Ohio Attorney General Mike DeWine thinks he has a way to save the Columbus Crew from moving to Austin, and it involves a 21-year-old piece of legislation known as the Art Modell Law, officially Ohio Revised Code 9.67:
9.67 Restrictions on owner of professional sports team that uses a tax-supported facility.
No owner of a professional sports team that uses a tax-supported facility for most of its home games and receives financial assistance from the state or a political subdivision thereof shall cease playing most of its home games at the facility and begin playing most of its home games elsewhere unless the owner either:
(A) Enters into an agreement with the political subdivision permitting the team to play most of its home games elsewhere;
(B) Gives the political subdivision in which the facility is located not less than six months’ advance notice of the owner’s intention to cease playing most of its home games at the facility and, during the six months after such notice, gives the political subdivision or any individual or group of individuals who reside in the area the opportunity to purchase the team.
This was passed in 1996 in the wake of Art Modell moving the Cleveland Browns to Baltimore and the city coughing up big money for a new stadium to get a new Browns franchise, though it’s the first I’m hearing about it. (Joanna Cagan researched and wrote the Cleveland section of the opening chapter of Field of Schemes, so my knowledge of that deal isn’t quite as encyclopedic as it might be.) DeWine says his office has reviewed the law and believes it applies to the Crew, and is “prepared to take the necessary legal action under this law” to enforce the provision that team owner Anthony Precourt give Columbus six months to either find a local buyer or buy the team itself.
The law applies, according to state representative Mike Duffey, who asked DeWine to look into it, because, as the Columbus Dispatch puts it, “it is paying a below-market rate to lease state land for parking, the stadium sits on land that is tax exempt, and the state in 2009 provided $5 million for parking upgrades at the Ohio Expo Center, where lots just south of the stadium and are used by Crew SC fans.” Which all sounds reasonable enough to me, though I am not a lawyer, and in any case “reasonable” isn’t going to stop Precourt from going to court to fight it.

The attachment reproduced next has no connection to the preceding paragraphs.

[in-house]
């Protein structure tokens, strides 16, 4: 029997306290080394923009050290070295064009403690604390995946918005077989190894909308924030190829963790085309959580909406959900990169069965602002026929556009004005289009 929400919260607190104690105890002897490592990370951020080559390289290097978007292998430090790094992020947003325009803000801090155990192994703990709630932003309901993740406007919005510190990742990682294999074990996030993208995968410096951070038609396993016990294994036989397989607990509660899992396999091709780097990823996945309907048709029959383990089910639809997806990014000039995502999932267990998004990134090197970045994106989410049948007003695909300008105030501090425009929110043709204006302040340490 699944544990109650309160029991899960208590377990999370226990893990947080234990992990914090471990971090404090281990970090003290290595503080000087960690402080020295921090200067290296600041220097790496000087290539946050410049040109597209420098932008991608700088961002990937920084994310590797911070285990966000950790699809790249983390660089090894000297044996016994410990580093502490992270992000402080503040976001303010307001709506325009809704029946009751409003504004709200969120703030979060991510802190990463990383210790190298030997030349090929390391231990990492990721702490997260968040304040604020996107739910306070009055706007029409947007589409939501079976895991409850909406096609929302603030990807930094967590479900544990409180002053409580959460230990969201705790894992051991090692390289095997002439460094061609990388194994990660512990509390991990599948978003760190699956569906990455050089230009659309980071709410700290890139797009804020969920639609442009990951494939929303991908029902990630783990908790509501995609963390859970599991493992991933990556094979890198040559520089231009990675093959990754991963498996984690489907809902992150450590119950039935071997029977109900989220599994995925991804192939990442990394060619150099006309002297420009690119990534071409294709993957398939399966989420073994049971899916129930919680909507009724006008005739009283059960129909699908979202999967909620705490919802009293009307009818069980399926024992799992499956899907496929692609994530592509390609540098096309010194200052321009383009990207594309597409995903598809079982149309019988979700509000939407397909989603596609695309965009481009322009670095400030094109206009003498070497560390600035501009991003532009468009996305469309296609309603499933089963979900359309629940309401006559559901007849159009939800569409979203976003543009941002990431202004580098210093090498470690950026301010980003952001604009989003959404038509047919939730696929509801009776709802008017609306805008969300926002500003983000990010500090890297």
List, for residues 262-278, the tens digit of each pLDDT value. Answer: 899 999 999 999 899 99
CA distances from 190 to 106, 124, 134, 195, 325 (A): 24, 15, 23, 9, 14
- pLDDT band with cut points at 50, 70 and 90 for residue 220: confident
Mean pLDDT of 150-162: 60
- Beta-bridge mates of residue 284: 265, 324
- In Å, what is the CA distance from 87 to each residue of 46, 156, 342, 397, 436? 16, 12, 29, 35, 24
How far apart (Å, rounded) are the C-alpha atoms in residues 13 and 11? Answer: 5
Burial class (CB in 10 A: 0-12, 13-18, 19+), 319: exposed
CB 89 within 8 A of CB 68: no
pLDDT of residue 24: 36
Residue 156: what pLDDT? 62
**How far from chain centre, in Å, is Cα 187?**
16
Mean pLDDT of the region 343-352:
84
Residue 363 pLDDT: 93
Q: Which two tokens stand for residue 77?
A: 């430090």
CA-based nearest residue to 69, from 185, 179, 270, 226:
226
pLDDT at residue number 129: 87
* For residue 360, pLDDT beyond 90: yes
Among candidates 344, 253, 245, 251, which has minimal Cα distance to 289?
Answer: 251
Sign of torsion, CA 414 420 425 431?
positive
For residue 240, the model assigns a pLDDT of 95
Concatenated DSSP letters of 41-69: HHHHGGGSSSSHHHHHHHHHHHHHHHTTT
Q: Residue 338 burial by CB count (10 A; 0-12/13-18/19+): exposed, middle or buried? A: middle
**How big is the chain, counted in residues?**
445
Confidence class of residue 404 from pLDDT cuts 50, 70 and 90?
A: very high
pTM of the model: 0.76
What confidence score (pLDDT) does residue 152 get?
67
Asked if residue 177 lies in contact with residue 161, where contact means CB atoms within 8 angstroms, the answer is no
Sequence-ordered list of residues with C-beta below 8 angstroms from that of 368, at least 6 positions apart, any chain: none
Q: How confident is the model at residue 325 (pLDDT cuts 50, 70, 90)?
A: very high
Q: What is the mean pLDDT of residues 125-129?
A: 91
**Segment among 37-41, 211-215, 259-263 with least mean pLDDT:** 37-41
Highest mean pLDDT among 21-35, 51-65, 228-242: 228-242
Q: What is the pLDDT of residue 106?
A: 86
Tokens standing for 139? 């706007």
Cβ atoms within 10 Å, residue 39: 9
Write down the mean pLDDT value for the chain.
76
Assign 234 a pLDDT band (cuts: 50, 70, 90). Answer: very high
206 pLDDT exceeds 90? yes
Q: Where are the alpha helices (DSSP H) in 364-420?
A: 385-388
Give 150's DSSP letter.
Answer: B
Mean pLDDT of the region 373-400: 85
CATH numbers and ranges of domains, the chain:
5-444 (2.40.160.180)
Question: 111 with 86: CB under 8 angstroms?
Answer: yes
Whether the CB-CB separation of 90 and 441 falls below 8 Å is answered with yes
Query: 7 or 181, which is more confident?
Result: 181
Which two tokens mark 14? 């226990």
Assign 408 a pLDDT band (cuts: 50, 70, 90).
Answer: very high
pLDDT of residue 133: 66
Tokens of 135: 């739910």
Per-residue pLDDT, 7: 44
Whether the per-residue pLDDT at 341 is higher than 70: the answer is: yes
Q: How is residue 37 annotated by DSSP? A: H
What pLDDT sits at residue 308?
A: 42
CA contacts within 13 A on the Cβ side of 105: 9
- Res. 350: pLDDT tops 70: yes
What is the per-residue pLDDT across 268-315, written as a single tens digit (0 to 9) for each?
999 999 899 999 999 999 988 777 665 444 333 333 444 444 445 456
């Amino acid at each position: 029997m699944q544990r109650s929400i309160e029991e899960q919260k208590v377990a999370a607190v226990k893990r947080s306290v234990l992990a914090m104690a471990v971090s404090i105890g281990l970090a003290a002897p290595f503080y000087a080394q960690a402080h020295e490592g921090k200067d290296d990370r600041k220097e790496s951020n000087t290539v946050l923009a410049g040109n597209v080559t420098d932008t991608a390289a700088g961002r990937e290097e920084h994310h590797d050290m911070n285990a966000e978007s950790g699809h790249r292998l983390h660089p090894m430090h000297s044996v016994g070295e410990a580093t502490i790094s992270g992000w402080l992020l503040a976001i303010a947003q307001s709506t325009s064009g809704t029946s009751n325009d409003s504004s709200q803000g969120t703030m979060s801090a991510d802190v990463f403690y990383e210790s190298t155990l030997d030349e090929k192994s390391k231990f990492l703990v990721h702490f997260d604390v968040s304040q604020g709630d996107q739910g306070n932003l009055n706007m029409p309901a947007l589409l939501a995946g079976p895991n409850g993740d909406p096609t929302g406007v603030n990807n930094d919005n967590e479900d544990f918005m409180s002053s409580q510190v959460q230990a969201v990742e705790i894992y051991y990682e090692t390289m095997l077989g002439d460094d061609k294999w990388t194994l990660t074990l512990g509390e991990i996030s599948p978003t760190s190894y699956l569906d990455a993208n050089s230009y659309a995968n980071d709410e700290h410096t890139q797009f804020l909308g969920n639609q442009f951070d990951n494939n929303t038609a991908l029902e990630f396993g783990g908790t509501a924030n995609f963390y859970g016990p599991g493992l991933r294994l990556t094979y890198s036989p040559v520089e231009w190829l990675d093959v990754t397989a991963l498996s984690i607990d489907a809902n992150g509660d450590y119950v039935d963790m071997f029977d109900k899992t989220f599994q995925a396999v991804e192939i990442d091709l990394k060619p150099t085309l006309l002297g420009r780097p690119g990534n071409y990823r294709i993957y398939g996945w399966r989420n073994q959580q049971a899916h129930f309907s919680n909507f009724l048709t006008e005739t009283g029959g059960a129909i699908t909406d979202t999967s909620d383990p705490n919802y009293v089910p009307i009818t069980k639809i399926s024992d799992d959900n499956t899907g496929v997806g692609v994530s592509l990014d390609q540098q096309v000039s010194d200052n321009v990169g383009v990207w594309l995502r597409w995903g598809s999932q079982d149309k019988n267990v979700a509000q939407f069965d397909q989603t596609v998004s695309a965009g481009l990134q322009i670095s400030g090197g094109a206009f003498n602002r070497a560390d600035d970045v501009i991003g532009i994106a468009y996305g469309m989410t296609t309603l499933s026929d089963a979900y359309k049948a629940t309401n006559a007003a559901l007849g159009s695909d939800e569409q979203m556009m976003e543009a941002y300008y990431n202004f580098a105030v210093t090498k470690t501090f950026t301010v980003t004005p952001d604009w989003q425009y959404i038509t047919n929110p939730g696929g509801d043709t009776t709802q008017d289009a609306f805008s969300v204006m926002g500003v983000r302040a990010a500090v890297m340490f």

Of course, if the state or city were to sue and win, they’d then have to find an owner willing to buy the Crew. That actually may not be so difficult — if all else fails, Franklin County already owns the Clippers, so it has some experience hiring a professional manager to run a publicly owned sports franchise — and might actually be cheaper than ponying up for a new stadium would be, especially since then they’d get whatever profits the Crew are currently earning. Except, uh, there’s nothing in that law that I can see that says a team owner has to agree to sell the team to local owners at any particular price, is there? So what’s to stop Precourt from saying, “Fine, you win, but despite expansion franchises going for $150 million and my only spending $63 million to get my team four years ago, it’s such a glorious franchise that I won’t take a penny less than $400 million”?
And also, the law doesn’t seem to specify penalties, so what happens if Precourt just picked up and leaves? Does Ohio just have to sue to get back its past subsidies? Can it seize the team by eminent domain? I still have not gotten my law degree since two paragraphs back, so maybe these aren’t really such big worries, but it sure seems like there are a lot of lawsuits ahead for this project. Might be easier if Austin voters just tell Precourt to take his MLS-stadium-in-a-public-park plans and go back to Ohio.